Sinan Younis has relatively little experience in the classroom, and a daunting teaching load—few colleagues could even imagine controlling 70 students of varying ages in one room, and doing so twice a day.
But in Sinan’s classroom in the city of Erbil in Iraq, children eagerly tackle the math problems before them, or raise their hands politely to ask for help. They are refugees from Syria or internally displaced in Iraq, most starting over after being out of school for a year because of war, yet they appear attentive and ready to learn.
How does Sinan manage to maintain order in impossible conditions? She appeals to her students’ innate sense of play.
“I start by establishing rules inside the classroom,” she says. “We decide that if anyone does something not in the rules, the student will have to sing a song, or say a poem. They start to change, to have fun. Sometimes, all displaced students need from the teacher is safety.”
According to United Nations Children’s Fund (UNICEF), two million children in Iraq have no access to school due to war and displacement. Almost 14,000 teachers have fled northern Iraq to escape ongoing violence, creating a teacher shortage even as thousands of refugee children enter the school system.
Sinan is also starting over. She and her husband and two young children were forced to abandon their comfortable life in Mosul after ISIS invaded the city in 2014.
“In Mosul, I was a chemist with the government and worked in a laboratory,” she explains. Finding work as a chemist in Erbil proved difficult, so when Sinan saw people applying for teaching positions while she was enrolling her children in a newly opened school, she decided to do the same. She has been teaching math to elementary students since.
Schools in northern Iraq have taken in thousands of Syrian and Iraqi students who’ve endured gunfire, bombings and, sadly, deaths of family members. The need for trained teachers to support these traumatized children and manage overcrowded classrooms is great. For students displaced by conflict, teachers can be a stabilizing, even lifesaving, force, especially those who know the horrors of war firsthand.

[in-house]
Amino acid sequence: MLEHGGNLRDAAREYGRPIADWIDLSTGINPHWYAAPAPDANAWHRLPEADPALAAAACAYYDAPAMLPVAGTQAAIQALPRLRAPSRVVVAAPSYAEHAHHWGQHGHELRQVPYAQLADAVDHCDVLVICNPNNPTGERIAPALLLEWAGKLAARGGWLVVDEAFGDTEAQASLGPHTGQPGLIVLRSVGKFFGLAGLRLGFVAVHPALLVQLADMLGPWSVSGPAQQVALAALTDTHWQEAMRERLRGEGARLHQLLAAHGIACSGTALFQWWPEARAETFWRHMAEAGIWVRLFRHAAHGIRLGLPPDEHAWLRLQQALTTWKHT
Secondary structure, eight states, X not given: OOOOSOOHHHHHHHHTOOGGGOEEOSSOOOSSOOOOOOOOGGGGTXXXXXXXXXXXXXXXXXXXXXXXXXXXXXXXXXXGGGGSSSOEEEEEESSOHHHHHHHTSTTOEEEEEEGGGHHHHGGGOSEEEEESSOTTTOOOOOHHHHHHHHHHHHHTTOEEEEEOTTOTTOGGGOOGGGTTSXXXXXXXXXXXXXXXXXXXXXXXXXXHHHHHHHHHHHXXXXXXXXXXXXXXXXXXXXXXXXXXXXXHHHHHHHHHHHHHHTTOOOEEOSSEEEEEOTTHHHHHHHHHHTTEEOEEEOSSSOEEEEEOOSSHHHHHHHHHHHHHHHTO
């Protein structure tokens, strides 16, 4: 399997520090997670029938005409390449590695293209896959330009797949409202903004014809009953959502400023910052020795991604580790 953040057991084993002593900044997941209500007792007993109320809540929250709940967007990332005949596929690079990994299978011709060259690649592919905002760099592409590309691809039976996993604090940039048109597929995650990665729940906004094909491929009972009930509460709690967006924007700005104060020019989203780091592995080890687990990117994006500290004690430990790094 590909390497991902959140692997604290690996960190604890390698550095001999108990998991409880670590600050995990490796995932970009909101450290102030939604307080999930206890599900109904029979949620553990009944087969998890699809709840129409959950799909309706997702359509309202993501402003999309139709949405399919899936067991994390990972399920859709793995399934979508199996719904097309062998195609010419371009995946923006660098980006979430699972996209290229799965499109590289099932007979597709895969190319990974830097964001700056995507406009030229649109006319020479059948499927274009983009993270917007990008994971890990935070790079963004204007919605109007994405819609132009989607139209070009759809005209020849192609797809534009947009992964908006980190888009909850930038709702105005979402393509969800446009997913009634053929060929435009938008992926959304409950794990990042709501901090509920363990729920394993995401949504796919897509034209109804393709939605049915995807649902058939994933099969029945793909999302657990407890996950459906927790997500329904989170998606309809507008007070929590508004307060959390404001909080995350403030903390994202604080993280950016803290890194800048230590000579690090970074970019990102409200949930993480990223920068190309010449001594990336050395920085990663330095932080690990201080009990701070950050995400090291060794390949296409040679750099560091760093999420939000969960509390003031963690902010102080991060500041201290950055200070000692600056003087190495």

Sinan is part of the International Rescue Committee’s Healing Classrooms initiative, which trains educators in teaching techniques that help students in conflict zones to feel safe and to learn. Over 800 teachers have completed the training in northern Iraq.
“It was an amazing course—it changed the way I deal with students,” says Sinan. “Now I do activities and games to break the ice. I divide the classroom into groups and create competitions with prizes.”
Before the IRC introduced its Healing Classrooms initiative to the school, students lacked adequate books and supplies and they were forced to sit on bare floors even in the winter. The IRC refurbished the school and introduced the concept of “second shift” classes held in the afternoons to accommodate the influx of displaced Syrian and Iraqi students. As a result, 652 children shut out of school were able to continue their education.
“My students and me, we are all fleeing from somewhere,” says Sinan, who has used her training to supplement her indomitable spirit. “In other circumstances, if a student was doing something wrong, usually I would scold him. Now I give him a break. As for me, I need a break, too. So I give them more chances—and have empathy for them.”
The IRC’s work in northern Iraq is supported by a generous grant from the United Arab Emirates Ministry of International Cooperation and Development.